Tuesday, 3 August 2010

Top 100 YA Novels (#30-26)

Over seven hundred people volunteered their top ten favourite YA titles and now we enter the top 30...

#30 Uglies by Scott Westerfeld (2005)
[200 points – 1 #2, 4 #3s, 2 #4s, 5 #5s, 8 #6s, 7 #7s, 6 #8s, 10 #9s, 9 #10s]

"The master of YA science fiction. He breaks down barriers and takes you to places you'd never even dreamt of. Tally's journey is touching and eye-opening. " Sophie, So Little Time for Books

Uglies is set in a world in which everyone has an operation when they turn sixteen, making them supermodel beautiful. Big eyes, full lips, no one fat or skinny. You might think this is a good thing, but it’s not. Especially if you’re one of the Smokies, a bunch of radical teens who’ve decided they want to keep their own faces. (How anti-social of them.) ScottWesterfeld.com

  • To visit the author’s website click here.
  • Scott Westerfeld's Twitter

#29 Harry and the Half-Blood Prince by JK Rowling (2005)
[203 points – 4 #1s, 4 #2s, 2 #3s, 5 #4s, 6 #5s, 1 #6, 4 #7s, 5 #8s, 1 #9, 2 #10s]

It has complicated plot twists and amazingly developed characters. The sixth installment opens up a whole new plot thread, and sets up for the last book.” Maddy, reader.

The war against Voldemort is not going well; even Muggle governments are noticing. Ron scans the obituary pages of theDaily Prophet, looking for familiar names. Dumbledore is absent from Hogwarts for long stretches of time, and the Order of the Phoenix has already suffered losses.

And yet...

As in all wars, life goes on. Sixth-year students learn to Apparate -- and lose a few eyebrows in the process. The Weasley twins expand their business. Teenagers flirt and fight and fall in love. Classes are never straightforward, though Harry receives some extraordinary help from the mysterious Half-Blood Prince.

So it's the home front that takes center stage in the multilayered sixth installment of the story of Harry Potter. Here at Hogwarts, Harry will search for the full and complex story of the boy who became Lord Voldemort -- and thereby find what may be his only vulnerability. Goodreads

  • To visit the author’s website click here.

#28 Ender’s Game by Orson Scott Card (1985)
[207 points – 1 #1, 6 #2s, 2 #3s, 3 #4s, 5 #5s, 4 #6s, 6 #7s, 7 #8s, 4 #9s, 3 #10s]

"This book (and series) traces through memorable characters the real power (and responsibility) of individuals, despite titular status as children, to forestall global disaster. It also credibly covers the real battles that exist between generations. With climate change upon us, our kids need these books. " Julia Martin, Executive Director of Bread for the Head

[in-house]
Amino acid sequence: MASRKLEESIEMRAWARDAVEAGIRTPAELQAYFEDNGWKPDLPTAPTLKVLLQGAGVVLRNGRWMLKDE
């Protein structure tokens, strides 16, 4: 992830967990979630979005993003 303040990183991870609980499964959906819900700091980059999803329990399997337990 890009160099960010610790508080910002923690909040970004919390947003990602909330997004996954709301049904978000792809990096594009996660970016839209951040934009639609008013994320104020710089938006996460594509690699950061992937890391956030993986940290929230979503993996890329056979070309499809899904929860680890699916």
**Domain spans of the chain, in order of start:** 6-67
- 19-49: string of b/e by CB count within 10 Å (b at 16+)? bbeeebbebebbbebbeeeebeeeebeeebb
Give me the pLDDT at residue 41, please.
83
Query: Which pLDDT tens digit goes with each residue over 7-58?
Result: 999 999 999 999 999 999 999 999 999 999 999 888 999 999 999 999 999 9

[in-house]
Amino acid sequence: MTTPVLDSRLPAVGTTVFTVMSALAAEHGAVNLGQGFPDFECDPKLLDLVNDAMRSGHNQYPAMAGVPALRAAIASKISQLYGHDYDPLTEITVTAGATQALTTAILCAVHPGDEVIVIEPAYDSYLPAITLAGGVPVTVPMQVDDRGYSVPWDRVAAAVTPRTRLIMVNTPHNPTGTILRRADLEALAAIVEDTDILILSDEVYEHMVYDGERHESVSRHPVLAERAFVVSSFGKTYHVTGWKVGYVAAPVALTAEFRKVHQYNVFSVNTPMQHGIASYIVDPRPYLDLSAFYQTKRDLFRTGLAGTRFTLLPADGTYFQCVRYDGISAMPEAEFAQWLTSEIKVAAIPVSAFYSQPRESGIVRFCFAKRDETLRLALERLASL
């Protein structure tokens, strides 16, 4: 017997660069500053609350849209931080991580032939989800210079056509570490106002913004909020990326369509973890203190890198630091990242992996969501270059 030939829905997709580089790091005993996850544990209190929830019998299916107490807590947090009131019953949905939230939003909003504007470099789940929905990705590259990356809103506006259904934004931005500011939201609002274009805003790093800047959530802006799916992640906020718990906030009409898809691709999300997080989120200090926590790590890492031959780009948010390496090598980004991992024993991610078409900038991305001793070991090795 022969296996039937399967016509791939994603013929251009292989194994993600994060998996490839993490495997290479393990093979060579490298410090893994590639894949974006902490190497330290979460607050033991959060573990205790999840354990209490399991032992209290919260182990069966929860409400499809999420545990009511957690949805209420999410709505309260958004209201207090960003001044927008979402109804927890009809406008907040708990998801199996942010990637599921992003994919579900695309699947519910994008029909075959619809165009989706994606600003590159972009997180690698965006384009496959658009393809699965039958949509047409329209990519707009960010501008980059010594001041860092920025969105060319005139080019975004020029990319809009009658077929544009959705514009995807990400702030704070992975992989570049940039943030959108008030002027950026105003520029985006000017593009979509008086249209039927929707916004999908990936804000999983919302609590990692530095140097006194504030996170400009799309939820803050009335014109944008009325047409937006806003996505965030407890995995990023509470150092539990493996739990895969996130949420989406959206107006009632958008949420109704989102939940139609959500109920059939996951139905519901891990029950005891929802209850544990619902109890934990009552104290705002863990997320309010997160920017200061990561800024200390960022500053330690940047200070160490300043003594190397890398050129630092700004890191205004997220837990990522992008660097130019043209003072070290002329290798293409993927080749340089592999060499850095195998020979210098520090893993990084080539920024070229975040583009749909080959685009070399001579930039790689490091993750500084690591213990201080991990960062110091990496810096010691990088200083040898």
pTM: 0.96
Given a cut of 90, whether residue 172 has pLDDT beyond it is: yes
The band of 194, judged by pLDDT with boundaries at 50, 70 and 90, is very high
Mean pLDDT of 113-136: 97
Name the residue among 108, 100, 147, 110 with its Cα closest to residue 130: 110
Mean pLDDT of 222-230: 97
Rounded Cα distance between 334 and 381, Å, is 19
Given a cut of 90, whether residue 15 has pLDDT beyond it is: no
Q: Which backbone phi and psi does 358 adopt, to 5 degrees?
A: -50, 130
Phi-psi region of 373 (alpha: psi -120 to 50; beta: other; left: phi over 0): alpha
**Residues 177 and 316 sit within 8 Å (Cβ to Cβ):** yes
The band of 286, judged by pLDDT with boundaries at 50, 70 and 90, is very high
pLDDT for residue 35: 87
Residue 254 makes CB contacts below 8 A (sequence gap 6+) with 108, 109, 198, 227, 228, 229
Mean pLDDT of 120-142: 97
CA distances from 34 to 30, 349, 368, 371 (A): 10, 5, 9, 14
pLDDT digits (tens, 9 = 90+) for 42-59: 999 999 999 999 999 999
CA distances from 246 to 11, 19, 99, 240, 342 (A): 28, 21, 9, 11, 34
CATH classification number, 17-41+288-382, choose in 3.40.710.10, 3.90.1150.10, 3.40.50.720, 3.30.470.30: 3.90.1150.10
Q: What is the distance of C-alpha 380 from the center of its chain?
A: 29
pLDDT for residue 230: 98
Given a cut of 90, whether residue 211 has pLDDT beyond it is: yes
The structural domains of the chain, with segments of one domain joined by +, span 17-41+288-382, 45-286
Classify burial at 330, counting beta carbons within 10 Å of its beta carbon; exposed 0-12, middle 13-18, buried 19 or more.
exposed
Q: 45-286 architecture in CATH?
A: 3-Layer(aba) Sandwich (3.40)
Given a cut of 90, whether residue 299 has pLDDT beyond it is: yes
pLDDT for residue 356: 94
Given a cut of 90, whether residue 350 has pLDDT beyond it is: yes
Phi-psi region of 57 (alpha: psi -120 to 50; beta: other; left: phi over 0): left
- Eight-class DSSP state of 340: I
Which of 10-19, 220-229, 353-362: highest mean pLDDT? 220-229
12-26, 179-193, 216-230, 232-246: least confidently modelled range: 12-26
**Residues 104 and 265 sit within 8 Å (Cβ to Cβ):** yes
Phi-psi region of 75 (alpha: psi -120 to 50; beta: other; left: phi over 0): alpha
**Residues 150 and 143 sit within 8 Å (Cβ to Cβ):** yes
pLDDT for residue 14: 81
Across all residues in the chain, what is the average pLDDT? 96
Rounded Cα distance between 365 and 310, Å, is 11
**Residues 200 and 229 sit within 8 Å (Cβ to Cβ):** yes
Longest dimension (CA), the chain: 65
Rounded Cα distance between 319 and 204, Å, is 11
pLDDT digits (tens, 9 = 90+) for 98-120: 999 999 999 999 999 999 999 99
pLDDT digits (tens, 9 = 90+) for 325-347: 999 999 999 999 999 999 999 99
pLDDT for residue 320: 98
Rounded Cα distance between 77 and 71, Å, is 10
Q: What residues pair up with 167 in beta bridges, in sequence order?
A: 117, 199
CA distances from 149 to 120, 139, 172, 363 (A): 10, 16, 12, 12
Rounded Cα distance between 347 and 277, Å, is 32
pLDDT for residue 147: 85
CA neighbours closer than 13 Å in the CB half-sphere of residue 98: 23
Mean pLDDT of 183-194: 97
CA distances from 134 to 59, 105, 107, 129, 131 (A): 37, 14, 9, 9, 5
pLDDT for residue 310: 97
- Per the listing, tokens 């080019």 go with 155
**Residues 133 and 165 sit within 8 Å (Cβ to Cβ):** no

Cards has taken the venerable sf concepts of a superman and an interstellar war against aliens, and, with superb characterization, pacing and language, combined them into a seamless story of compelling power. Goodreads

  • To visit the author’s website click here.

#27 Alanna: The First Adventure by Tamora Pierce (1983)
[222 points – 6 #1s, 3 #2s, 3 #3s, 3 #4s, 8 #5s, 4 #6s, 5 #7s, 1 #9]

"I think this might have been the last book my mum read to me. Love it and the rest of this series. Also one of the first books I ever read to mention menstruation!" Lili Wilkinson, YA author

Alan of Trebond, the best warrior in the palace, is harboring a big secret: he is really a she - Alanna. But when her prince is felled by an illness, Alanna has no choice but to use her healing magic - even if it means ruining her career. Goodreads

  • To visit the author’s website click here.

#26 The Lord of the Rings by J.R.R Tolkien (1954)
[228 points – 9 #1s, 5 #2s, 3 #3s, 2 #4s, 3 #5s, 2 #6s, 4 #7s, 2 #8s, 1 #9, 3 #10s]

"Yes I was so obsessed that I actually had a map of Middle Earth on my wall (ugh.) but these books were so good, and nobody could say they didn't like them...right?!" Kelly, Ex-Librarian

The Lord of the Rings, J.R.R. Tolkien's three-volume epic, is set in the imaginary world of Middle-earth -- home to many strange beings, and most notably hobbits, a peace-loving "little people," cheerful and shy. Since its original British publication in 1954-55, the saga has entranced readers of all ages. It is at once a classic myth and a modern fairy tale. Critic Michael Straight has hailed it as one of the "very few works of genius in recent literature." Middle-earth is a world receptive to poets, scholars, children, and all other people of good will. Goodreads

1 comment:

danya said...

Alanna and Uglies are a couple of my favorites, glad to see them on the list!